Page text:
The ability to recover from a skid, (a washout of the tail of the board) is exceptionally valuable35. Think of skidding on a board much like skidding in a car on a slippery road; the skid is a result of turning too sharply, and to correct you must straighten out your line of travel. If, for instance, the tail of the board begins to slide out on a heelside turn, you need to get the nose of the board moving ahead of the tail. You have two options here, waiting for the tail to grab and then resume your course, or physically straightening out the board’s travel by working your lower body against your upper body.
Since your upper body weighs more than your lower extremities (usually), it is possible to use the heavier body part as a ‘base’ off of which you might move the lighter part. If the tail of your board begins to slide out, it will do no good to try to gain a new purchase with the edge by pushing harder against it, as you will only succeed in skidding further sideways. The extension of your rear leg shifts more pressure to the front of the board, which is what caused the problem in the first place. However, if you momentarily relax, and at the same time pull your back foot up underneath you, you will straighten out your line of travel, allowing the edge of the board to gradually regain its grip. Relax as best you can and be flexible. The harder you exert yourself and try to overpower your board or the surface of the hill, the less likely you are to succeed.
Powder Reach over and turn the volume knob down from around 8 to just below .75.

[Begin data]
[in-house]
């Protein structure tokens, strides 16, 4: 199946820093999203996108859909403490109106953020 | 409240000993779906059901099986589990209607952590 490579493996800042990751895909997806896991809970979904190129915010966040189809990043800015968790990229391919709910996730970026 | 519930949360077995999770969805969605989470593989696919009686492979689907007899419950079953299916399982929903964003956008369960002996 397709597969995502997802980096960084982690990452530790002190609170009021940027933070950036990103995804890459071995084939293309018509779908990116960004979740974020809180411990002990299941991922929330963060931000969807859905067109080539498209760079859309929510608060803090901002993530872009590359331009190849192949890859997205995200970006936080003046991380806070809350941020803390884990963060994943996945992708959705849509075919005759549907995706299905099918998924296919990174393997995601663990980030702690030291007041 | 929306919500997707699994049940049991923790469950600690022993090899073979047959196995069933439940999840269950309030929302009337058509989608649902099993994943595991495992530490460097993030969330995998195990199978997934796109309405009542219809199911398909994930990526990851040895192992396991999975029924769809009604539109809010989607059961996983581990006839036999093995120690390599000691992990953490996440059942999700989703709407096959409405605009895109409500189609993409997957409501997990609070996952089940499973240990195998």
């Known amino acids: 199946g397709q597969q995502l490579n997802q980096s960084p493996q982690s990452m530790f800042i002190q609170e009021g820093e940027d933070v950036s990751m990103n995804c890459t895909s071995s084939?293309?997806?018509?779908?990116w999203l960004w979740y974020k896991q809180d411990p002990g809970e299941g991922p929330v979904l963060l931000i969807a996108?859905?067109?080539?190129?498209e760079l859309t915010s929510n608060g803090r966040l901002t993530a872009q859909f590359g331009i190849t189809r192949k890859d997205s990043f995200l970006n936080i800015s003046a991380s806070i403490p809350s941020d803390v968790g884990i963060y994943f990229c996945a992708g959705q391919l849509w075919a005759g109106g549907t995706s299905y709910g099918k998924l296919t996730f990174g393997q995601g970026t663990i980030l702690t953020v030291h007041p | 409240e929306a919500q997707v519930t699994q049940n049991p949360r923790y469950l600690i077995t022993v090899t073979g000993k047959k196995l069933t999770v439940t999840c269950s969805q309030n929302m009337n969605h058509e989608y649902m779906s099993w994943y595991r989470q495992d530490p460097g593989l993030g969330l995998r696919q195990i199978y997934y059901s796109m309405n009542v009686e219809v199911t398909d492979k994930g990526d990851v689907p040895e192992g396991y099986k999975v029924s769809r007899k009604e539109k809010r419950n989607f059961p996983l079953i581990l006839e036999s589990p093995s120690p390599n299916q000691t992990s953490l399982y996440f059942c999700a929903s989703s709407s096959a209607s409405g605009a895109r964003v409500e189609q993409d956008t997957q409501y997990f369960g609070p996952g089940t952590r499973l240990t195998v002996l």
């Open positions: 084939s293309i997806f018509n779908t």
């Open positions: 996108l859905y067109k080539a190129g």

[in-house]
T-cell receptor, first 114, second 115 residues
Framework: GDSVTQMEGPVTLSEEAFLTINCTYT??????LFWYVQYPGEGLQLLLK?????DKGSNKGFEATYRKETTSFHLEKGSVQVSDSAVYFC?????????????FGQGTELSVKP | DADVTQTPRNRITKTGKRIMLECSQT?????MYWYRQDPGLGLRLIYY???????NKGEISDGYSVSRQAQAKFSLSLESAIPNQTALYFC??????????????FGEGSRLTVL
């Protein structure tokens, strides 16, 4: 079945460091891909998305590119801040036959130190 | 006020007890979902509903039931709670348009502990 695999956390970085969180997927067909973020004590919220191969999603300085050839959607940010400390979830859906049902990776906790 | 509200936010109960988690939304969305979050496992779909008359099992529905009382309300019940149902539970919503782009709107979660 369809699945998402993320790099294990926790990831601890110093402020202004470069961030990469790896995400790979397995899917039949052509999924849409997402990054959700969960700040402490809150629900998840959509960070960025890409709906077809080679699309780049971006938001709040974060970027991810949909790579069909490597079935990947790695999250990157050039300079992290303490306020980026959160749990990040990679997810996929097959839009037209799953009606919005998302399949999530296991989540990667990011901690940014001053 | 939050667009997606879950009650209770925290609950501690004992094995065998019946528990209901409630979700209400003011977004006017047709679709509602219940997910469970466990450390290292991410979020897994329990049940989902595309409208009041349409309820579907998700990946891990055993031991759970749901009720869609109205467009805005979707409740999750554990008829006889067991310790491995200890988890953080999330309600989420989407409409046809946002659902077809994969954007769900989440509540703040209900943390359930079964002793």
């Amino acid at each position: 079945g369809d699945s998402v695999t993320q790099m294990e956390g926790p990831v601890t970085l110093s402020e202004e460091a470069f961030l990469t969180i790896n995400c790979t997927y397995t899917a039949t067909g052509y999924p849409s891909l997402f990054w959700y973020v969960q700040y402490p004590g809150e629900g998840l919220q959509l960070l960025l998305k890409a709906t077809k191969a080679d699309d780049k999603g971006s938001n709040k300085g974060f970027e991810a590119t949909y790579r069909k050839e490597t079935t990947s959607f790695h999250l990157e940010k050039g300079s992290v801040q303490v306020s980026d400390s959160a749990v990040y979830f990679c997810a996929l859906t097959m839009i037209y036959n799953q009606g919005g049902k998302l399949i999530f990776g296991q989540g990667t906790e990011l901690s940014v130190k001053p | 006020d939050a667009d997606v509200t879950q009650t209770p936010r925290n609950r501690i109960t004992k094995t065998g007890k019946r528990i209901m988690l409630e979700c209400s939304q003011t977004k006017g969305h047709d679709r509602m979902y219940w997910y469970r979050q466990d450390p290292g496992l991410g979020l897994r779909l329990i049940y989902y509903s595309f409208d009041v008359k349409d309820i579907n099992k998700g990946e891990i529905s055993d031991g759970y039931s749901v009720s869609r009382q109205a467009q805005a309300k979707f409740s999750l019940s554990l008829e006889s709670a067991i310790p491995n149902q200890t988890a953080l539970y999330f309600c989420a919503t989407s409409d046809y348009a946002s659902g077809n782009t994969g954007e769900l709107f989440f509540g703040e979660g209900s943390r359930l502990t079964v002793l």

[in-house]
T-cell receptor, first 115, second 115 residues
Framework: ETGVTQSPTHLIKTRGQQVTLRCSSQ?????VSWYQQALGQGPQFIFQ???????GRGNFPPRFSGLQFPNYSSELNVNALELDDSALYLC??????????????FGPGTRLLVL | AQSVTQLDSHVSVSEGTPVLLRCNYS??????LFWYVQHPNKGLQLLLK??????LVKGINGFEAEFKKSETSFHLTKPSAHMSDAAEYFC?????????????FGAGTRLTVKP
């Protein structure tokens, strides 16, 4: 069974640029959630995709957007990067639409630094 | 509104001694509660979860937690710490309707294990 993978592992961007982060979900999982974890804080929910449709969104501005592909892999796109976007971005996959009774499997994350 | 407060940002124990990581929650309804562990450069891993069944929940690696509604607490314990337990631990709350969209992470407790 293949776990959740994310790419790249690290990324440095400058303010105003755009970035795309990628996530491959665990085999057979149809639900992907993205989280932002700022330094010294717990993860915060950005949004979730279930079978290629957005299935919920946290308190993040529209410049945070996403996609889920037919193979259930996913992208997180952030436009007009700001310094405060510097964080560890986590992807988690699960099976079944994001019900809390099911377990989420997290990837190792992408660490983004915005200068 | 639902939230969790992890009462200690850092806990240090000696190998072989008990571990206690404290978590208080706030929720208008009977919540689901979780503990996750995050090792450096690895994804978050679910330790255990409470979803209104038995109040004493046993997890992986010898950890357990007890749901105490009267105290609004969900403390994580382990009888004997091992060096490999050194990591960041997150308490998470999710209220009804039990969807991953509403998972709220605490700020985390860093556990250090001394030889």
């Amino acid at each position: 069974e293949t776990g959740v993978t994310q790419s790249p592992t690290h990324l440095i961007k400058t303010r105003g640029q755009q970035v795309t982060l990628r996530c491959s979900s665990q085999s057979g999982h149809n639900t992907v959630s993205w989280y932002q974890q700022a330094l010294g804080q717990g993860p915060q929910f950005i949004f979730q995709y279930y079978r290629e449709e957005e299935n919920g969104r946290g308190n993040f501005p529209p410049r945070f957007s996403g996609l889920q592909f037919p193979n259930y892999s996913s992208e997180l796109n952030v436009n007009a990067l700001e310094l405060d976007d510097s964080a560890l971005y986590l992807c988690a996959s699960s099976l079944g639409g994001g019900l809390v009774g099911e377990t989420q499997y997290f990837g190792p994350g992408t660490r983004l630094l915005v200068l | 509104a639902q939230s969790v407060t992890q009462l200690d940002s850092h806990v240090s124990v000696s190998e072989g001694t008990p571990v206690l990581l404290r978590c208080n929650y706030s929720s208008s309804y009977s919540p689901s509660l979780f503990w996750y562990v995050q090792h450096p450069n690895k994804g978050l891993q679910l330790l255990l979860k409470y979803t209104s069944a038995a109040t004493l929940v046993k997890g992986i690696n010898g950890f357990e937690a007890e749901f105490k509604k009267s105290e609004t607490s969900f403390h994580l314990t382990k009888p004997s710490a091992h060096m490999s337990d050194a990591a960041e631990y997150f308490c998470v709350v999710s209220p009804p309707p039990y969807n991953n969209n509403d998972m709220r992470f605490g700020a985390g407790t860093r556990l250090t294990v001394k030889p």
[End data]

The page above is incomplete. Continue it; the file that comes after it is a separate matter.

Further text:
Riding powder means several things. First of all, if you try to turn by twisting your board, you will fall. If you turn by moving forward at all times and lightly pressuring your edges, you will probably have fun36. Either way, because of the snow depth and the width of your board, you will have a rather large ‘platform’ under your feet. This underfoot support provides the sensation of floating, but it can also bring you to your knees without much warning. Because powder is soft, it is easier to bend or decamber your board. This will allow it to turn much faster than you are used to. For that reason, avoid making sudden weight shifts from foot to foot, or from edge to edge. Subtlety is your savior. You can carve a turn just as easily in powder as you can on hardpack, you just have to be careful not to move too far inside your turn to fast, or to lean excessively into the turn. Also, you might find that it is very easy to overload the nose of the board, which will make it ‘over turn’, resulting in a stall which will find you cleaning snow out of the back of your jacket. For that reason, be especially aware of your foot to foot weight distribution, and shift it somewhat to the rear foot. This is not to say, however, that you want to sit back on the tail of the board all the time.
Ten rules of powder
1. Me first.
2. No waiting (unless stuck in a tree well).
3. No whining.
4. No wimps (see above).
5. Keep hands out of snow (you ain’t no boat, and they ain’t ruddahs).
6. Regular breathing is a good idea.
7. Tuck in your shirt.
8. Snow sticks to flannel.
9. Don’t take your goggles off once you put them on. Clear vents frequently to avoid fogging.
10. There are no powder rules.
Broken, chunky or loose snow. Dune theory.